Closing of the E-Verify system that checks information provided by employees against millions of government records was one result as the government went into its first shutdown in 17 years.
Todd Shields and Jim Efstathiou Jr.
The Internet-based system that employers use to check whether job applicants may legally work went dark as U.S. agencies limited or cut off electronic communications businesses use in everyday tasks.
Websites that shut down included the E-Verify site run by the Department of Homeland Security’s U.S. Citizenship and Immigration Services, and the agency sites of the Census Bureau, Agriculture Department, National Aeronautics and Space Administration, Library of Congress and the federal and international trade commissions.
"Business people are making decisions," said Agriculture Secretary Tom Vilsack, whose department will stop issuing crop reports and processing loans for small rural businesses.
"They have to make decisions today, and the reality is that they are faced with this enormous uncertainty. The fact is, when you’re faced with uncertainty, you pull back. You don’t make decisions you might otherwise make. You don’t expand, you don’t invest."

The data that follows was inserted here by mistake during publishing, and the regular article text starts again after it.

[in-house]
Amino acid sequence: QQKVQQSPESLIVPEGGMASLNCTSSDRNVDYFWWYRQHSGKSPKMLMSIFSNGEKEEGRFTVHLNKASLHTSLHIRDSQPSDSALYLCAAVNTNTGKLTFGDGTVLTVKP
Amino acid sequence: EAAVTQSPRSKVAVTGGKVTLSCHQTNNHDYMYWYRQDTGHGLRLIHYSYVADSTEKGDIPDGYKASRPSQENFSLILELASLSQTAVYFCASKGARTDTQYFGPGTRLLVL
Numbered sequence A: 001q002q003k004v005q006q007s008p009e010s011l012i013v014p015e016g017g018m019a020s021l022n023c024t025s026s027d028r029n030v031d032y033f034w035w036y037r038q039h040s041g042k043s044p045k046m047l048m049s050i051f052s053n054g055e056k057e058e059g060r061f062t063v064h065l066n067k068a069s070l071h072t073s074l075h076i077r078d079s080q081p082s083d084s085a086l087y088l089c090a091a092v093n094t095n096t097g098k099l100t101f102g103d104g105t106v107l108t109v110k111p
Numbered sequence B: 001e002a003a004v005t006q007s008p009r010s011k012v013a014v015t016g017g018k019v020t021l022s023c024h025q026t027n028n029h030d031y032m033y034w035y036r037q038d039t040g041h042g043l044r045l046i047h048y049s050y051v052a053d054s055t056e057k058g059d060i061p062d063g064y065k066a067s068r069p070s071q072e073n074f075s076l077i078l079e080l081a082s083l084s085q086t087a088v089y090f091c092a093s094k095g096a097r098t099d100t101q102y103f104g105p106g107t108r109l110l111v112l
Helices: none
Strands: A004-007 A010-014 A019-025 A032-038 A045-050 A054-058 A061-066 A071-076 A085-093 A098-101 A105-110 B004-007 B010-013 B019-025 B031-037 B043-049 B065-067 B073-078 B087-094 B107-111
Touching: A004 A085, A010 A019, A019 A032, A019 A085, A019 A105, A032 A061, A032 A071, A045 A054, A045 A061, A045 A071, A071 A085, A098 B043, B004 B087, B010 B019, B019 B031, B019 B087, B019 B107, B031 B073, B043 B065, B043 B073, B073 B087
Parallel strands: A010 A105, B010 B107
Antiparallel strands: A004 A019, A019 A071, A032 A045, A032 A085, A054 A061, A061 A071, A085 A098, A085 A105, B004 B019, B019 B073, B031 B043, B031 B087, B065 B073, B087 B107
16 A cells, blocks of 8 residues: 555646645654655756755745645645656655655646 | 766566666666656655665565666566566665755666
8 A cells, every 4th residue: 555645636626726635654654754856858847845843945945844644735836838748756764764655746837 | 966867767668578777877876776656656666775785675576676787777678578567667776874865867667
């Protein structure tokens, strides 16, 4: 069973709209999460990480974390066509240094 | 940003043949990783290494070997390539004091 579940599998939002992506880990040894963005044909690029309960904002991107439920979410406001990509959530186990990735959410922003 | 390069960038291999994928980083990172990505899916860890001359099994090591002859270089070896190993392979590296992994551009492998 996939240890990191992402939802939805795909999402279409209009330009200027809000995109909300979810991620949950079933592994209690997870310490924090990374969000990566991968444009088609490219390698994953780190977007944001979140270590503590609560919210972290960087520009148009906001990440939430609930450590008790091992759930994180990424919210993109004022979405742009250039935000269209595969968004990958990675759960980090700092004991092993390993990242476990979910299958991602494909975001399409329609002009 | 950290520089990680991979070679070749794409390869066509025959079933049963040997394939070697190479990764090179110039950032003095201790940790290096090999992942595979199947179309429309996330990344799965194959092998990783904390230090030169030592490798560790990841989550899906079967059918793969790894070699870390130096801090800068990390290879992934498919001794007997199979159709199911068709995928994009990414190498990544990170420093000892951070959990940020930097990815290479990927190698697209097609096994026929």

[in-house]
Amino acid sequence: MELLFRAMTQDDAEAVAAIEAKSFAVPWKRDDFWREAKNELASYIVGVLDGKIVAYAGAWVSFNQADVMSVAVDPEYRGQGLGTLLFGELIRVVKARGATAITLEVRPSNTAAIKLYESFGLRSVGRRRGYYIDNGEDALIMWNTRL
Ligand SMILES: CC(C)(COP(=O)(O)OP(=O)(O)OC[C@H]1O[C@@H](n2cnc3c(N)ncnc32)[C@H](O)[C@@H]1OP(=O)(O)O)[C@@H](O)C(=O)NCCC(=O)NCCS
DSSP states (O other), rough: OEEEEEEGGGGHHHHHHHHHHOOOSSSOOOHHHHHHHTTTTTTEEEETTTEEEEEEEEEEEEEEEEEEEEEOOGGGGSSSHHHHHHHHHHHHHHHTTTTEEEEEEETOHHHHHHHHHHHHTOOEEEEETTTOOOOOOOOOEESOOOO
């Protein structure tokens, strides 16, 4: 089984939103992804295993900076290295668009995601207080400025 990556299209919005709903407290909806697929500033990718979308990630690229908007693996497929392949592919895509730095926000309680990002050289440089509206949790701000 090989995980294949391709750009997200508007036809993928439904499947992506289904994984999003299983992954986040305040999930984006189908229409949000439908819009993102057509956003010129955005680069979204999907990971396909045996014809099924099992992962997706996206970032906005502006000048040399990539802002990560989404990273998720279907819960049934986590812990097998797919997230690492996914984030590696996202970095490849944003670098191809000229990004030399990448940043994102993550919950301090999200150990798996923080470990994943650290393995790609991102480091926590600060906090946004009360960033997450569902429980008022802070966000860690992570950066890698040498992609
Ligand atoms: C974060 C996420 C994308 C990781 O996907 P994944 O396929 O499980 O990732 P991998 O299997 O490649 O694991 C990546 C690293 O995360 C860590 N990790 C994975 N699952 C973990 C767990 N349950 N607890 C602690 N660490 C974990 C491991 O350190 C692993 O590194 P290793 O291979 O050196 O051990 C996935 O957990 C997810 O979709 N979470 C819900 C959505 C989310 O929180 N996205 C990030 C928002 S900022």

Closing of the E-Verify system that checks information provided by employees against millions of government records was one result as the government went into its first shutdown in 17 years. Effects rippled through a workforce of 800,000 employees headed for idleness, and spread on to the companies and citizens the workers serve.
Mortgage lenders processing loans that need tax transcripts, Social Security number verification, or approval from the Federal Housing Administration should anticipate delays, the Mortgage Bankers Association said in a note to its members.
A shutdown of a few days would "slightly inconvenience" members; a longer delay could have "serious impacts" and possibly impede the recovery of the housing market, the Washington-based trade group for the real-estate finance industry said.
The Federal Communications Commission said it would suspend consideration of deals involving purchases of airwaves licenses and television stations -- transactions affecting AT&T Inc., Gannett Co. Inc., Tribune Co. and Sinclair Broadcast Group Inc.
Work on federal construction projects will slow because contractors can’t reach government employees with questions or get changes to work orders approved, according to officials with Associated General Contractors of America, a Washington-based trade group.